Excessive soundboard "bellying," caused by string tension, can make an acoustic guitar difficult to play. It can even damage the top, bridge plate and bridge. Replacing the original bridge plate to correct the problem is a time–consuming job that can unfortunately reduce the value of a vintage instrument.
Respected luthier and restoration expert T.J. Thompson developed a simple tool set, the Thompson Belly Reducer, that can fix soundboard bulging without permanent alterations to the top or bridge plate.
The Thompson Belly Reducer is a set of five precision-machined aluminum tools: convex flatteners for vintage–style belly and rectangular bridges, and concave flatteners for the three most common bridge plate shapes.
They're designed for use with the bridge removed from the instrument, and are effective for bridge plates that have been installed with hide glue, aliphatic (yellow) glue, or PVA (white) glue. Simply match the appropriate flatteners to your guitar, heat them to 150 degrees F., dampen the wood on the bridge area and bridge plate, and clamp the flatteners into place for a day or so. Instructions are included (view instructions online).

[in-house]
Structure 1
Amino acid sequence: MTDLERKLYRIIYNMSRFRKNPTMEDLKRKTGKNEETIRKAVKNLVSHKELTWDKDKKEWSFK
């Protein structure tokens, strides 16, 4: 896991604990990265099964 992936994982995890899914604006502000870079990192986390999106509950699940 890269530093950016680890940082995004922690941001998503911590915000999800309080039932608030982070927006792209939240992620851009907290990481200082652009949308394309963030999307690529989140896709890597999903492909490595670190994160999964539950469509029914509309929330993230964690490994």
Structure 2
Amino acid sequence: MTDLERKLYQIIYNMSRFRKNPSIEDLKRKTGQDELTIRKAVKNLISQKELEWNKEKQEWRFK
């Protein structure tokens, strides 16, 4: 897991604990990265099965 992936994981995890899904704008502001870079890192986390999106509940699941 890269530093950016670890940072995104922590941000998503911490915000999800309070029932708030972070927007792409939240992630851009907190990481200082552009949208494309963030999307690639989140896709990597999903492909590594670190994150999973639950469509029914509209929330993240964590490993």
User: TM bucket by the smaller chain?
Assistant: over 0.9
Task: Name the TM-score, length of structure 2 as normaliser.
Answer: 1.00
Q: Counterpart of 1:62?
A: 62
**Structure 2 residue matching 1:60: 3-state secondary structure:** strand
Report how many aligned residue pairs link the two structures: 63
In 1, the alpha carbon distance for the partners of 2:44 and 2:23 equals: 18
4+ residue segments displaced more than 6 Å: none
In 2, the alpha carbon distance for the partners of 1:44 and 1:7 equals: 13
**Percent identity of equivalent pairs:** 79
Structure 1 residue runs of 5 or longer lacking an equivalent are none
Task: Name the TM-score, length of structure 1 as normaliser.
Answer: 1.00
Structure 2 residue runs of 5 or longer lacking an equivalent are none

In this issue:
Dan Erlewine’s got a Martin with a potbelly: string tension has pulled the top into a hump on this 1928 0-18. To make things tougher, the guitar top’s encased in a thick layer of epoxy finish! It’s an interesting puzzle... Read more...